The announcement of the cease-fire negotiated between the United States and the Iraqi-based Peoples Mujahideen guerillas is a shocking development that is counter to the US strategy in both the Iraq and the war on terror. Moreover, it demonstrates the myopic and contradictory vision that continues to guide US policy in the region. The Mujahideen-e-Khalq (MKO), also known as the National Council of Resistance and the Peoples Movement of Iran, is an internationally recognized terrorist group that has been on the State Departments Foreign Terrorist Organization list since 1992. Not only the MKO has been responsible for terrorist activities resulting in the death of Americans, but its members also participated in the 1979 US Embassy seizure and subsequent two-year hostage crisis. It opposed the release of the hostages in 1981. More damning is its 18-year alliance with Saddam Hussein, who provided it with sanctuary and financial support in its efforts to oust the theocratic Islamic government in neighboring Iran. The MKO was a loyal supporter of its Iraqi benefactor, fighting to contain Iranian advances during the 1980-88 Iran-Iraq war and to repress the Kurdish and Shiite uprisings after the 1991 Gulf War. The Pentagon assumes that an alliance with the MKO will facilitate US efforts to secure and stabilize Iraq in the near term. But the shortsightedness of such a policy is twofold: First, it delegitimizes America’s stabilizing role in Iraq because the Iraqi people will link a US-MKO alliance to the MKOs complicity in Saddam Husseins terror campaigns. Iraqis regard the MKO as Saddam Husseins mercenaries. Second, allowing the group to retain its weapons and use them to fight other armed groups in Iraq, as per the agreement, will cause further domestic instability in Iraq by creating a situation susceptible to civil war. Introducing warlordism to Iraq does not benefit the US. Perhaps the Bush administration thought such a cease-fire with the MKO, whose base in northeastern Iraq the Americans attacked early in the war, would bolster US interests in the reconstruction of Iraq and the region. An alliance with the MKO could be used as leverage against the Iranian Shiite clerics who are allegedly trying to exert their influence over Iraqs Shiites, who are 60 percent of the population. But this will only inflame the already tense relationship between Iran and the United States, including hindering any engagement with Tehran on its disputed weapons of mass destruction. The Bush administration refuses to side with different factions within the Iranian government. Rather, it argues that US support should be given to the people of Iran. Cutting a deal with the MKO will send the wrong signal to the Iranian people and undermine the administrations efforts to capitalize on their pro-American sentiments.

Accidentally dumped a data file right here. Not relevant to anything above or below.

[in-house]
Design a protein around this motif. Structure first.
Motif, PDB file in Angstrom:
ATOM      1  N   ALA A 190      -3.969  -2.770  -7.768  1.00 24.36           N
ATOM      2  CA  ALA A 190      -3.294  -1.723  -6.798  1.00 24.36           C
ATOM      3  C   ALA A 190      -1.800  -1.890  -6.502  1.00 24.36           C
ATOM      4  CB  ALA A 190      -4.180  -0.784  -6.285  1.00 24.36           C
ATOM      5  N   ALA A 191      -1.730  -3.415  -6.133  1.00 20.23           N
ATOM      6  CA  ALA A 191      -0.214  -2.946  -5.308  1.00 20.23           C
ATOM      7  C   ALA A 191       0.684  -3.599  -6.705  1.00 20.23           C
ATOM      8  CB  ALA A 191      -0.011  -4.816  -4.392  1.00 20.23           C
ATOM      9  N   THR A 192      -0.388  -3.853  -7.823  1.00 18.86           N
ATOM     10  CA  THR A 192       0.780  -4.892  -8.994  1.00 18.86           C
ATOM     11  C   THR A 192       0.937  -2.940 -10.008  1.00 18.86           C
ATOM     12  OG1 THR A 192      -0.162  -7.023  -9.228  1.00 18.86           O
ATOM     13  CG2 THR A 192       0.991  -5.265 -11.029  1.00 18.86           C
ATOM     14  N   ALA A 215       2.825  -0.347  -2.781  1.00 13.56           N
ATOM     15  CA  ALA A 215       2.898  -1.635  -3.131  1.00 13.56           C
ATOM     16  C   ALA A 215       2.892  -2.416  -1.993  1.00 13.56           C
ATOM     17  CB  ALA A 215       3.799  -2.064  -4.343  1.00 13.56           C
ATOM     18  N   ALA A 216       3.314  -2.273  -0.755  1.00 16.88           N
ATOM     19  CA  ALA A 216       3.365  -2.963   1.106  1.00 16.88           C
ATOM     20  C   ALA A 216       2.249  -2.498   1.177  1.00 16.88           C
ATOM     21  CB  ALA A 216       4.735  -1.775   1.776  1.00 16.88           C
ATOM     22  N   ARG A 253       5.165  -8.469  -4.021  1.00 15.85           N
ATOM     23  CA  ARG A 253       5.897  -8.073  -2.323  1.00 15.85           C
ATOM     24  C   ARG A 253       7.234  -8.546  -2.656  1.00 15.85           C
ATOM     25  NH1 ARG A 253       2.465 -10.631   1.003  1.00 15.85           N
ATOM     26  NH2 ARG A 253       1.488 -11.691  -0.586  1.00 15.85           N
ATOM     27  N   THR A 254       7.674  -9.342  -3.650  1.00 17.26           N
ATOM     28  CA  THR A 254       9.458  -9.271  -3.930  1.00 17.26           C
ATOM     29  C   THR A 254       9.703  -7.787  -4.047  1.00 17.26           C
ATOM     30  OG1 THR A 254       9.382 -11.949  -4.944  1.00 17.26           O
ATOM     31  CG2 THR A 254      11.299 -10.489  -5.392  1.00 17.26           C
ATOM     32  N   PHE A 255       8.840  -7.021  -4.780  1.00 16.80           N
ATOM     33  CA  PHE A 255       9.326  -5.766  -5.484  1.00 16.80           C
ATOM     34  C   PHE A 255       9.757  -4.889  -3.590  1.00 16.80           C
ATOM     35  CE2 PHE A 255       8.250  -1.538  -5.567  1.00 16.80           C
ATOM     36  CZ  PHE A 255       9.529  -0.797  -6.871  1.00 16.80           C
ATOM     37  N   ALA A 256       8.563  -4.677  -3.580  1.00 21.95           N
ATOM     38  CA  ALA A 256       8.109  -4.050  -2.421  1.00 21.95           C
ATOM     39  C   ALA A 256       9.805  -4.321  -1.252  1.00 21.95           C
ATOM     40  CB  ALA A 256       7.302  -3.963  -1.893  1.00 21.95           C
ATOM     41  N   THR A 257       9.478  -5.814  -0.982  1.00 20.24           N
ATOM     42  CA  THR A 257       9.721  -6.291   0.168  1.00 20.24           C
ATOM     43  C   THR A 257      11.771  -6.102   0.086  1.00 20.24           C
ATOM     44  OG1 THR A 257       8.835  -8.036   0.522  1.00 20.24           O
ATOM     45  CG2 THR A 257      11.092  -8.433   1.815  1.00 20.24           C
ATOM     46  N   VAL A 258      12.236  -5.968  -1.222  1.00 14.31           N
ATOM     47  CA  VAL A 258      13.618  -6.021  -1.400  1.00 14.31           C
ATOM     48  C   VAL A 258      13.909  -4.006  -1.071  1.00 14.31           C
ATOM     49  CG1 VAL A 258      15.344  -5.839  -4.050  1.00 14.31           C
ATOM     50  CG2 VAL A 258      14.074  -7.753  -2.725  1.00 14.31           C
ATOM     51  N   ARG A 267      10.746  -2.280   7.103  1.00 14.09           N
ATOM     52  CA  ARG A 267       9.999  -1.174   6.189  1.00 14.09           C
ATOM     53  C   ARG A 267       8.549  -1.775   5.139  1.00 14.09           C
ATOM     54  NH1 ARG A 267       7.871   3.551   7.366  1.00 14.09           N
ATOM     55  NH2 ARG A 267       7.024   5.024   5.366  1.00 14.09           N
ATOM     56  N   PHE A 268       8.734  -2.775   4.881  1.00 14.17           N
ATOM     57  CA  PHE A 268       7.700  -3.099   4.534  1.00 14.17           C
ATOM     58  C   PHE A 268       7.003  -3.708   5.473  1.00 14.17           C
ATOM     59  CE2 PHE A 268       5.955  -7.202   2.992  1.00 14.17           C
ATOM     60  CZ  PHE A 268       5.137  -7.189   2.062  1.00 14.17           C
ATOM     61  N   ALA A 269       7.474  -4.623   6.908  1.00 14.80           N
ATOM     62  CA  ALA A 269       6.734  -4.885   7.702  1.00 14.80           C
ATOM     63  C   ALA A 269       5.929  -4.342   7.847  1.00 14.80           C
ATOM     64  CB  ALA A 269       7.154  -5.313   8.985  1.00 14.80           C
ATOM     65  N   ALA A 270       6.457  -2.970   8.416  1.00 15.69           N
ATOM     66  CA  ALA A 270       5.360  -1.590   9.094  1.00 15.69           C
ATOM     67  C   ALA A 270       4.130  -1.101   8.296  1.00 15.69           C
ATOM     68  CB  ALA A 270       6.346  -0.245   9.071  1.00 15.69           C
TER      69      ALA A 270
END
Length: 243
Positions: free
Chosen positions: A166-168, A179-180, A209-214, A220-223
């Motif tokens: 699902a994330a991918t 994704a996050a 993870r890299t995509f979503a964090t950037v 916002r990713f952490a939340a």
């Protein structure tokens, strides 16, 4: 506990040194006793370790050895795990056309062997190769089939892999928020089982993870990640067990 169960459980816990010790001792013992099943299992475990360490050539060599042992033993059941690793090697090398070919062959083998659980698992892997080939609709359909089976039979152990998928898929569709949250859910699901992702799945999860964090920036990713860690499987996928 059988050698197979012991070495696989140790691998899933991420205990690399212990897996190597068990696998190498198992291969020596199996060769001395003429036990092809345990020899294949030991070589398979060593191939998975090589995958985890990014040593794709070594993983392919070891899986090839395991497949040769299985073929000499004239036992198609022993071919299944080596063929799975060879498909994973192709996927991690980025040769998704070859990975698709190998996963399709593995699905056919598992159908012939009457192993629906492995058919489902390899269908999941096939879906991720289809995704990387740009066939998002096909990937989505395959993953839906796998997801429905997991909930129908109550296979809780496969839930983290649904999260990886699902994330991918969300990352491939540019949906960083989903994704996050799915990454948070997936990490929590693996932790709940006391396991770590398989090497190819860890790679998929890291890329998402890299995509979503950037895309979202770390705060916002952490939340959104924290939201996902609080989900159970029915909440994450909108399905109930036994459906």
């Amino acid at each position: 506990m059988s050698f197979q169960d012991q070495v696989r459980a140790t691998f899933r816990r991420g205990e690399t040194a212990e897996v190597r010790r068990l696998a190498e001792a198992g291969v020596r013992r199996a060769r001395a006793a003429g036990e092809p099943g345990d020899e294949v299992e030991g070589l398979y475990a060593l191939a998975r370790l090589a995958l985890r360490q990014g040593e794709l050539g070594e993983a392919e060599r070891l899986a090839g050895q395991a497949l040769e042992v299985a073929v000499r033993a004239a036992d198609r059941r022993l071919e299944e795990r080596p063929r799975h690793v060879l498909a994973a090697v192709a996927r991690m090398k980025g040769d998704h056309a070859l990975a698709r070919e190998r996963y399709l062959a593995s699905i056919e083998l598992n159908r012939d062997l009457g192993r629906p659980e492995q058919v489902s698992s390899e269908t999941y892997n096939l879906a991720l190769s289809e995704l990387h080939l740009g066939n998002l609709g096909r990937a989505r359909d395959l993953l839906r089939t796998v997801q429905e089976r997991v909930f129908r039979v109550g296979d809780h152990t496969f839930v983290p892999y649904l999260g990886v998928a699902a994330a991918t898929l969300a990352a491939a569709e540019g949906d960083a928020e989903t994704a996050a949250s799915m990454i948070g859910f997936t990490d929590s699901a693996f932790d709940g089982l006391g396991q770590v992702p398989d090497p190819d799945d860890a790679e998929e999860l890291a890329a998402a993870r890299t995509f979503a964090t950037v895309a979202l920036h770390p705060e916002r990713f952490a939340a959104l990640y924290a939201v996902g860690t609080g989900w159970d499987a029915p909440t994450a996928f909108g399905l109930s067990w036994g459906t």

The Iranian street can quickly turn against America unless this apparent contradiction in the war on terror is corrected. Most notably, the agreement with the MKO contradicts US policy implemented after Sept. 11, 2001. How is it possible to fight a war on terror when the United States has made an accommodation with a terrorist organization considered in Washington as dangerous as Al-Qaeda? By working with the MKO, the Pentagon has legitimized its terror tactics and increased the likelihood that such associations can be made with other terrorist organizations.
Ultimately, engaging the MKO has discredited the Bush Doctrine and the administrations future initiatives to curtail terrorism.